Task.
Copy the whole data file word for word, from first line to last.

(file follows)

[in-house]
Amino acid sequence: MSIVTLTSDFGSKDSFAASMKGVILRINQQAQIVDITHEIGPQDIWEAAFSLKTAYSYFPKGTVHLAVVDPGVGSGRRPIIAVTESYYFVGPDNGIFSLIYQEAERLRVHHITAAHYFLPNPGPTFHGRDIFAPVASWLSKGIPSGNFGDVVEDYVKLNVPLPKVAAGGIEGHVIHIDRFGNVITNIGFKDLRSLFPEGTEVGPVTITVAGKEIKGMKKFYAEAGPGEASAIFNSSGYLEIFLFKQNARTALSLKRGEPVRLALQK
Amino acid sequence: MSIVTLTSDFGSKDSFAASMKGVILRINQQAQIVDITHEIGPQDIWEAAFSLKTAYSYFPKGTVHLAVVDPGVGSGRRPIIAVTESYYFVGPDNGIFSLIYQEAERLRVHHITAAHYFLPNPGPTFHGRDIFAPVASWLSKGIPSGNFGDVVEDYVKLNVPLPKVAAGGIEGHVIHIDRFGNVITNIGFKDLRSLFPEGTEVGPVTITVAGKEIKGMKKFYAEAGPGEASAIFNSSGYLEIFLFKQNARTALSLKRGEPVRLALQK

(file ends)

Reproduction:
[in-house]
Amino acid sequence: MSIVTLTSDFGSKDSFAASMKGVILRINQQAQIVDITHEIGPQDIWEAAFSLKTAYSYFPKGTVHLAVVDPGVGSGRRPIIAVTESYYFVGPDNGIFSLIYQEAERLRVHHITAAHYFLPNPGPTFHGRDIFAPVASWLSKGIPSGNFGDVVEDYVKLNVPLPKVAAGGIEGHVIHIDRFGNVITNIGFKDLRSLFPEGTEVGPVTITVAGKEIKGMKKFYAEAGPGEASAIFNSSGYLEIFLFKQNARTALSLKRGEPVRLALQK
Amino acid sequence: MSIVTLTSDFGSKDSFAASMKGVILRINQQAQIVDITHEIGPQDIWEAAFSLKTAYSYFPKGTVHLAVVDPGVGSGRRPIIAVTESYYFVGPDNGIFSLIYQEAERLRVHHITAAHYFLPNPGPTFHGRDIFAPVASWLSKGIPSGNFGDVVEDYVKLNVPLPKVAAGGIEGHVIHIDRFGNVITNIGFKDLRSLFPEGTEVGPVTITVAGKEIKGMKKFYAEAGPGEASAIFNSSGYLEIFLFKQNARTALSLKRGEPVRLALQK